Airy Santa Monica Canyon home embraces views of nature and art

May 27, 2020 by  
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Reclaimed materials, a world-class art collection and an indoor/outdoor lifestyle combine in this recently completed Los Angeles residence designed by Santa Monica-based firm  Conner + Perry Architects . Built for  Los Angeles natives, this luxurious four-bedroom family home with large windows and a natural material palette was thoughtfully inserted into a wooded Santa Monica Canyon. Salvaged materials taken from the old existing home on-site and felled wood found on the property have been repurposed into beautiful focal elements for the house, such as the grand entry doors and outdoor furniture.  Designed to embrace the “quintessential California indoor/outdoor experience,” the two-story Santa Monica Canyon home opens up with fully pocketing glass exterior walls to a central courtyard with a pool and outdoor shower. Extended canopy-like cantilevered eaves protect from the sun. The charred wood ( Shou Sugi Ban ) siding, copper, exposed steel and concrete materials that wrap the home’s exterior were selected for their organic nature and their low-maintenance, climate-compatible qualities.  To pay homage to the history of the site, which was used as a Forestry Service test station for Eucalyptus tree testing in the 1910s and 1920s, the architects  salvaged  much of the original 1940s cabin that once occupied the property. Related: New Santa Monica City Services Building will produce more energy than it uses The home interior takes cues from nature and includes a mix of massangis gray  limestone  and French oak used for the floors, weathered brass, blackened steel elements and a variety of marble and tiles. The warm yet restrained palette also provides a neutral backdrop for the clients’ world-class art collection; the interior floor plan was designed to frame views of either the art pieces or landscape views. “Each of them has described the house as having a magical or mystical quality, allowing light in at the right moments, as well as the shadows of the trees , and a calming mirroring effect,” Kristopher Conner, Conner + Perry Architects co-founder, said. + Conner + Perry Architects Images by Taiyo Watanabe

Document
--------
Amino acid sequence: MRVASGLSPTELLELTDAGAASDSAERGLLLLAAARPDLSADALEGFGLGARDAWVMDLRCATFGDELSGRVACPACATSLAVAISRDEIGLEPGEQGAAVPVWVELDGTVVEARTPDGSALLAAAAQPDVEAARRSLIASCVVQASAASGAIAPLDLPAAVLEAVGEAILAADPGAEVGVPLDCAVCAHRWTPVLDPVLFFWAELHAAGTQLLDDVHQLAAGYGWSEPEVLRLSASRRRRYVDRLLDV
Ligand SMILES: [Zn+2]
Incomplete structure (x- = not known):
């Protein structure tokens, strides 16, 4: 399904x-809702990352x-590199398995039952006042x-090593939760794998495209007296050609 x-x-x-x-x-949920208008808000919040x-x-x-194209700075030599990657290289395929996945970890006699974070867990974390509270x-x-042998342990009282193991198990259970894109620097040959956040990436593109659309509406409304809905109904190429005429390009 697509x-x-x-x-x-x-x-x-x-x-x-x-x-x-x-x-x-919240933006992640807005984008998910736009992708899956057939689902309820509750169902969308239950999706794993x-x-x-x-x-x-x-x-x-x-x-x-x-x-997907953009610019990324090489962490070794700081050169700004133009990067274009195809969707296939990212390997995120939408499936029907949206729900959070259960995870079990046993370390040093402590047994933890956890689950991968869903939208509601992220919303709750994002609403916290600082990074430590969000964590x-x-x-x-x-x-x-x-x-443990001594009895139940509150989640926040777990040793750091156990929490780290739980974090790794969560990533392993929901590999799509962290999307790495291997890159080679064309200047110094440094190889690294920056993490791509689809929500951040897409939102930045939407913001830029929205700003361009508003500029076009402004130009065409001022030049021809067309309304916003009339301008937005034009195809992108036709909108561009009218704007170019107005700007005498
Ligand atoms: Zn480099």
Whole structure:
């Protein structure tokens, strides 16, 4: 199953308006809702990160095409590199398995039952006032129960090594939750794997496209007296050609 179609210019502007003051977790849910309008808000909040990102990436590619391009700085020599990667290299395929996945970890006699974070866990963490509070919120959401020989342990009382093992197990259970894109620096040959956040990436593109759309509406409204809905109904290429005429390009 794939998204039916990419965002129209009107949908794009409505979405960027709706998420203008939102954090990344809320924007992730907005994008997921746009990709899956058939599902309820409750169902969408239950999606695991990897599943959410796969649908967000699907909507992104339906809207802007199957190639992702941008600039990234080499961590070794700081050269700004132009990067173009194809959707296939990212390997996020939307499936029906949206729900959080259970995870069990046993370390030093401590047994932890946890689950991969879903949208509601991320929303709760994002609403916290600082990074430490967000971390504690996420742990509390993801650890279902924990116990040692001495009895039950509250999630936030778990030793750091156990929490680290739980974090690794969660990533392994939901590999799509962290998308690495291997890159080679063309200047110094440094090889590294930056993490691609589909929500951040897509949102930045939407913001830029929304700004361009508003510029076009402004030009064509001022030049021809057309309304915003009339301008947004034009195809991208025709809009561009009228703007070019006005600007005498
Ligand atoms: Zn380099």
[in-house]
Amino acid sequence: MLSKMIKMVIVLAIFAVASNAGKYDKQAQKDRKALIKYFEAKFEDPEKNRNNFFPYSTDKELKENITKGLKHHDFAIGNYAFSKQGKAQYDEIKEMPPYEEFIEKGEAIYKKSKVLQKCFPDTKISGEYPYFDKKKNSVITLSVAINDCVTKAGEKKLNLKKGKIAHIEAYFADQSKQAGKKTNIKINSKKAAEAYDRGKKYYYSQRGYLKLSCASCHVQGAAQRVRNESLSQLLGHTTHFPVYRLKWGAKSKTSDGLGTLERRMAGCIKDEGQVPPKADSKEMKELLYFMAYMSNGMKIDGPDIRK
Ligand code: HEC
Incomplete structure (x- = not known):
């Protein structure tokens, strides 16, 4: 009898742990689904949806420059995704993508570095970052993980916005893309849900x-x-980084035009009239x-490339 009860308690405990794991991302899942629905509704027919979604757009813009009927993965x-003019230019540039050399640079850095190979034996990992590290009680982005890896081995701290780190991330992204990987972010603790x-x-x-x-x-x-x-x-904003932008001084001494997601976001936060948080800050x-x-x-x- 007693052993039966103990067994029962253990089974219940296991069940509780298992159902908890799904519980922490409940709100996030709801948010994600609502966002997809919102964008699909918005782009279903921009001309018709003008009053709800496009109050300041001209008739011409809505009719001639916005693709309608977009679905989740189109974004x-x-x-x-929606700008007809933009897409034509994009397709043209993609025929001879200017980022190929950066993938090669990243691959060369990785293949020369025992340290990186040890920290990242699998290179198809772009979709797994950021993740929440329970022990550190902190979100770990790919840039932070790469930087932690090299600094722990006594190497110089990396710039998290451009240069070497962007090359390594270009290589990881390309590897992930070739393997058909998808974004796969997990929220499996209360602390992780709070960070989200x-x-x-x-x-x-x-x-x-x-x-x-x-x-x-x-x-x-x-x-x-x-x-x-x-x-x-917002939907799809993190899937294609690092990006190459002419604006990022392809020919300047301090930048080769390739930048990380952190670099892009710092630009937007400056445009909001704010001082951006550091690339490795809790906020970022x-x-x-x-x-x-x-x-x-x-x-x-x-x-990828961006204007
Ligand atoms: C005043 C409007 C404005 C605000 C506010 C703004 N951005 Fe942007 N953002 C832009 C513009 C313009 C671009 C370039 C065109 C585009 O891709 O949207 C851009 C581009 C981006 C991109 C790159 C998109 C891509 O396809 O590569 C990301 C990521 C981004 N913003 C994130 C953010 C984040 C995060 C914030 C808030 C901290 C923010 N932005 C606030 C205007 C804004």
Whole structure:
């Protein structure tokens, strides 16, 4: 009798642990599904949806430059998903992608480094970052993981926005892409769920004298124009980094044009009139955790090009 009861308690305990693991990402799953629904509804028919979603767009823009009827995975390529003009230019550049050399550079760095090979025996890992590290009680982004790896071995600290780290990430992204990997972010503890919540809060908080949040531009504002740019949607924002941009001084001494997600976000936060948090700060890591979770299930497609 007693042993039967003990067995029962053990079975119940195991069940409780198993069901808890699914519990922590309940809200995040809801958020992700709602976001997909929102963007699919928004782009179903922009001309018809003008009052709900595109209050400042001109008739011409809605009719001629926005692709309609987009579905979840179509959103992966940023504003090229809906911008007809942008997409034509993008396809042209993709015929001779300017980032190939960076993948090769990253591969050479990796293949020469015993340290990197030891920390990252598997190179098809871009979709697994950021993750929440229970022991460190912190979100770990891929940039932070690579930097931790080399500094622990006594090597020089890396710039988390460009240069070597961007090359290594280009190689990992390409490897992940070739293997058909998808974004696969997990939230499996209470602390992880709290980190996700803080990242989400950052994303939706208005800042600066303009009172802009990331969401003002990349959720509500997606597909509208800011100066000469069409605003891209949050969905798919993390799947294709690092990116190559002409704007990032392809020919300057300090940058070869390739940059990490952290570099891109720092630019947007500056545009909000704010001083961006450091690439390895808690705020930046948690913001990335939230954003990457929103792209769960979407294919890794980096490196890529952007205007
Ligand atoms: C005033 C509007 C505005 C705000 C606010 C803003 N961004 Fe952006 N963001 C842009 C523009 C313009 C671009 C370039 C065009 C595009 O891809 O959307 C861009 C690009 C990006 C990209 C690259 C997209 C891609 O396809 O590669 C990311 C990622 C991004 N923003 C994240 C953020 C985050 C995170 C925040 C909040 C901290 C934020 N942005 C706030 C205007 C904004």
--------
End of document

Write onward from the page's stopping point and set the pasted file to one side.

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Airy Santa Monica Canyon home embraces views of nature and art

This Brazilian beach house is made from locally-sourced natural materials

March 13, 2019 by  
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The architects at MNMA Studio have created a natural beachy oasis made of eco-friendly elements in the region of Pontal do Cupe, Pernambuco of northeastern Brazil. Head architects Andre Pepato and Mariana Schmidt used natural materials such as eucalyptus, certified wood, calcium carbonate rocks and even twigs to complement the concrete structure. The people of the Pontal do Cupe region have limited access to building materials and methods, so the beach house helps to symbolize an innovative and rewarding new period of architecture for the area. The building site is located on an old coconut farm, and construction was completely primarily by workers from the surrounding communities. Not only did the architects use environmentally-friendly materials for building, but they also gave the local area an opportunity to learn about sustainable building since some of the project workers (a portion of which came from families of fishermen) had never used cement or concrete before. Related: Minimalist tiny cabin is a secluded retreat in a Brazilian forest It’s clear that the entire project revolved around choosing eco-friendly materials that would reduce the need for environmental energy consumption and carbon dioxide emissions. For example, a portion of the structure was designed in certified eucalyptus wood. Perhaps one of the most unique and striking portions of the home is the ceiling, which is made from reused twigs and brings a particular brightness into the interior. The furniture and interior decoration are by Sergio Rodrigues and Cariri Fair. The designers used whitewash to add pigment to the concrete, a natural painting process using a non-toxic solution of calcium carbonate rocks, slaked lime and water . The whitewash on the walls and stairs make an eco-friendly statement and fight humidity while adding a textured bright-white color to the open-aired interior and exterior. As a result, the entire beach house is presented with beautiful natural colors. A dark mustard-colored concrete slab serves as a base for the home and contrasts nicely with the light brown wooden columns that help to hold up the roof terrace. The roof patio was fitted with lovely stone slab flooring of faded natural colors and opens up with an unobstructed ocean view. Via Archdaily Images by Andre Klotz